Blagojevich's conviction delayed

Blagojevich`s conviction delayed Chicago: Sentencing of former Illinois Governor Rod Blagojevich, convicted for trying to auction US President Barack Obama’s Senate seat, has been put on hold.

The sentencing that was scheduled for October 6 has been put on hold for Blagojevich, who was convicted in June on corruption charges including wire fraud, extortion and bribery by US District Judge James Zagel.

According to the Chicago Tribune, Zagel gave no reason for the delay in a brief written order, but it didn't come as a surprise because Blagojevich's co-defendant, Springfield power broker William Cellini, goes on trial before Zagel beginning next week.

Zagel also denied Blagojevich's bid for a new trial. Prosecutors have calculated that the former governor could get as much as 30 years to life under federal sentencing guidelines.

However, legal experts have estimated a sentence of anywhere from 10-12 years for the former governor.

"He's a fit candidate for probation. The taxpayers never lost a dime. Blagojevich never received a dime," attorney Sheldon Sorosky was quoted as saying in the Chicago Sun-Times of his client who was convicted of 17 out of 20 counts including selling the senate seat of then-President elect Barack Obama.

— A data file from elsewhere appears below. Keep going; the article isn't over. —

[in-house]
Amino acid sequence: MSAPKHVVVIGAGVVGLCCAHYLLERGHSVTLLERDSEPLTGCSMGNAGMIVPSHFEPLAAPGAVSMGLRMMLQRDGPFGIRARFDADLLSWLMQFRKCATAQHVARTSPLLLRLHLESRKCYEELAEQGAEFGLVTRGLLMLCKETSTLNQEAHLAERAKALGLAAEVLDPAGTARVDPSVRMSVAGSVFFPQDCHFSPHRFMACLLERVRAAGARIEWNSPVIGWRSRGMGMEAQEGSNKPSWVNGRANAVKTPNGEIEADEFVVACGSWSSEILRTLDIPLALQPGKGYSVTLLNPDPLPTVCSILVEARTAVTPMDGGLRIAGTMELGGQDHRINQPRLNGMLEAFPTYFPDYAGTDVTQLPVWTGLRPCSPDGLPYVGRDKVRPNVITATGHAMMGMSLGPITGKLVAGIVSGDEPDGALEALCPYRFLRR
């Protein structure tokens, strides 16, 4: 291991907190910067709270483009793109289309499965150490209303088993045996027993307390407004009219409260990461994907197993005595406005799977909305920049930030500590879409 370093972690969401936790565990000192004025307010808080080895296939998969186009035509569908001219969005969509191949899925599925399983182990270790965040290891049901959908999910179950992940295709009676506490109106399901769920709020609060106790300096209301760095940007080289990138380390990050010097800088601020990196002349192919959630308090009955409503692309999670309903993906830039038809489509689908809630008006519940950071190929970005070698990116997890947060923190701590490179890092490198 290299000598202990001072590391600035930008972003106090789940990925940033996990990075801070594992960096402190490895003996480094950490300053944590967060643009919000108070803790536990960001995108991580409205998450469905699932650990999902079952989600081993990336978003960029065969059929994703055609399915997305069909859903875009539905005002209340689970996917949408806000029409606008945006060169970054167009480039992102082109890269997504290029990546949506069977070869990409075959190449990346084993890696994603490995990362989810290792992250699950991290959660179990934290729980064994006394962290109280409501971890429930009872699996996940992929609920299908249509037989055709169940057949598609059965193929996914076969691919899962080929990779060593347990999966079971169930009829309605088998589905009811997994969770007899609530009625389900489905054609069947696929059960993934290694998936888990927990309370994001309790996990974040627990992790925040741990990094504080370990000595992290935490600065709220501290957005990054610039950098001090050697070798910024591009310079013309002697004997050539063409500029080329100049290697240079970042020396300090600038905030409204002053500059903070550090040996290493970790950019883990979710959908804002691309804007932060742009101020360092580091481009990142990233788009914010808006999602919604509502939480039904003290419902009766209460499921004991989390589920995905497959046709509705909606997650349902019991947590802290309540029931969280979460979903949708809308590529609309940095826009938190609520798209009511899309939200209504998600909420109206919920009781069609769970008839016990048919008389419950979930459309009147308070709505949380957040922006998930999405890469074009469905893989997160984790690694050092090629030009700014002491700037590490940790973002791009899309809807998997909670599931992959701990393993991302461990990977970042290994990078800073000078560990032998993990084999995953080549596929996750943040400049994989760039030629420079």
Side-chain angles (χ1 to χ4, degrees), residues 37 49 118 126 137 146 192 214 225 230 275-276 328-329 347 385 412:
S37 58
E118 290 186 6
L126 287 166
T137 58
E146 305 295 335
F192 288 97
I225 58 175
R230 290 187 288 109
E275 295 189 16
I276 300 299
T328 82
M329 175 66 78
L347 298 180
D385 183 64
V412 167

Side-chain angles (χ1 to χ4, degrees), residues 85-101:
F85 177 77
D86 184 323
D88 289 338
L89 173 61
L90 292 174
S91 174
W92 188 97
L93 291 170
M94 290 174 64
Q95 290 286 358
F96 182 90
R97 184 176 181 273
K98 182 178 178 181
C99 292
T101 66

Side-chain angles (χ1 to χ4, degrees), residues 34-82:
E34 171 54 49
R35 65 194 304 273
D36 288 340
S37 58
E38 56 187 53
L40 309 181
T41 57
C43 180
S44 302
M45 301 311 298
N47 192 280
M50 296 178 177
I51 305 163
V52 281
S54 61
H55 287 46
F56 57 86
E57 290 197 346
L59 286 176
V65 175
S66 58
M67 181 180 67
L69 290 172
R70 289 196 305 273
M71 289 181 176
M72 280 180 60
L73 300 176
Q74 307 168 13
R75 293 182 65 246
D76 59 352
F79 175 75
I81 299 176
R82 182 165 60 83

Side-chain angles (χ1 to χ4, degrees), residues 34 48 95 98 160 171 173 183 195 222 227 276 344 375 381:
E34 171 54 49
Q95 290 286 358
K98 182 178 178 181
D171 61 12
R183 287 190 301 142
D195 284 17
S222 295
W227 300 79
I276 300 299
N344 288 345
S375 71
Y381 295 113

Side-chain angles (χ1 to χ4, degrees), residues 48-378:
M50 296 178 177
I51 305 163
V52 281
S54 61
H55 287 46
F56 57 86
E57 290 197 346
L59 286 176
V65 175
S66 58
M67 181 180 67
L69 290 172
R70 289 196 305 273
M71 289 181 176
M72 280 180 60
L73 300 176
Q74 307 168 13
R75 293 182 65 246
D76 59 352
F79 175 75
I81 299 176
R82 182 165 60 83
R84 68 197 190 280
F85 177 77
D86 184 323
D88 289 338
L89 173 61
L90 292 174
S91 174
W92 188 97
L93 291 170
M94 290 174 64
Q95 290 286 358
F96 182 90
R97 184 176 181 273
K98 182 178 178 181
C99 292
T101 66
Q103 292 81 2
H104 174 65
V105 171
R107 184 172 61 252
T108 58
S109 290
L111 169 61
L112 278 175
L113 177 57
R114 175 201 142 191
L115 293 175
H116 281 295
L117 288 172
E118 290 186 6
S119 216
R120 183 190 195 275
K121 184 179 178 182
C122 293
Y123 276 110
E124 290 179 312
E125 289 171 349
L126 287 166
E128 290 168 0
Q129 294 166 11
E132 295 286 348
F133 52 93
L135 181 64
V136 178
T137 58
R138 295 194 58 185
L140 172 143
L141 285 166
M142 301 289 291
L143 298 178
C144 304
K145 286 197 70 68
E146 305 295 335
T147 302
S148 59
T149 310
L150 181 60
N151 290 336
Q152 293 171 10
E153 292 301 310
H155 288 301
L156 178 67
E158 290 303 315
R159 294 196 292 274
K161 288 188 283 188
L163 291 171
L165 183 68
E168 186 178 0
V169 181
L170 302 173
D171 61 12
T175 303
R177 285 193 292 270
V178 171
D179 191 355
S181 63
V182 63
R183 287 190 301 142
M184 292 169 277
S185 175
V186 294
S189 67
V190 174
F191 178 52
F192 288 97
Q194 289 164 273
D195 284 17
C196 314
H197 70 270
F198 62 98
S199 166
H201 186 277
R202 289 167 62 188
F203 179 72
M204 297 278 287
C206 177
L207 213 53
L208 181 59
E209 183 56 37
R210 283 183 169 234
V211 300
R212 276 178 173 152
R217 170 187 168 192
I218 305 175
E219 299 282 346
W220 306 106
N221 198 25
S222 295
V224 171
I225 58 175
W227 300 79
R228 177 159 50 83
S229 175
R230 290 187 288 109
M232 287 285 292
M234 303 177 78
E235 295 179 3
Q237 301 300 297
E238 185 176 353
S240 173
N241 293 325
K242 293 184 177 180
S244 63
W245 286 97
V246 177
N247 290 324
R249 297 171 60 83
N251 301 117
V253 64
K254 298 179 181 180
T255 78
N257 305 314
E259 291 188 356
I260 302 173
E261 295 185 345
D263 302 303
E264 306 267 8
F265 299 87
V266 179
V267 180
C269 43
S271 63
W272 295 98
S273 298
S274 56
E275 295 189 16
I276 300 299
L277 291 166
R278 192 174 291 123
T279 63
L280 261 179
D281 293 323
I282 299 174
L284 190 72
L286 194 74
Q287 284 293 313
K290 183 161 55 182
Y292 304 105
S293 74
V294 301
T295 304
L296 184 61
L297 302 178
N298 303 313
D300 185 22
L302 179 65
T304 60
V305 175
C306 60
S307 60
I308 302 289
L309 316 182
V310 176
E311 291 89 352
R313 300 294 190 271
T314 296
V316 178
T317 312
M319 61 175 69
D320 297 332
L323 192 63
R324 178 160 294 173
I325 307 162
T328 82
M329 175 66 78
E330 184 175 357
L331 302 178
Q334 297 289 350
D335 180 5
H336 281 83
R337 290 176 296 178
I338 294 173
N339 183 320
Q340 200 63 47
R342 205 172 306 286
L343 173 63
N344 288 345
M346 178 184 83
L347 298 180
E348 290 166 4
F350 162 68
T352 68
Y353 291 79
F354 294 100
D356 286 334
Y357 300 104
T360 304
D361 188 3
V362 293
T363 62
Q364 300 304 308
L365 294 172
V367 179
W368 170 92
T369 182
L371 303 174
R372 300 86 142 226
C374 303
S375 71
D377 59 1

Blagojevich was also charged with pay-to-play politics when he took cash in exchange for job appointments.

"All the talk involving campaign contributions involved regular campaign donors who were just discussing with Blagojevich how much to give or who were big campaign contributors in the past," Sorosky said.

Sorosky said the sentencing would happen early November. Two Indian American businessmen Rajinder Bedi and Raghuveer Nayak were accused of helping Blagojevich for planning to hold a fundraiser in return to appoint Jesse Jackson Jr in the senate seat. Bedi was an aide in the Blagojevich government.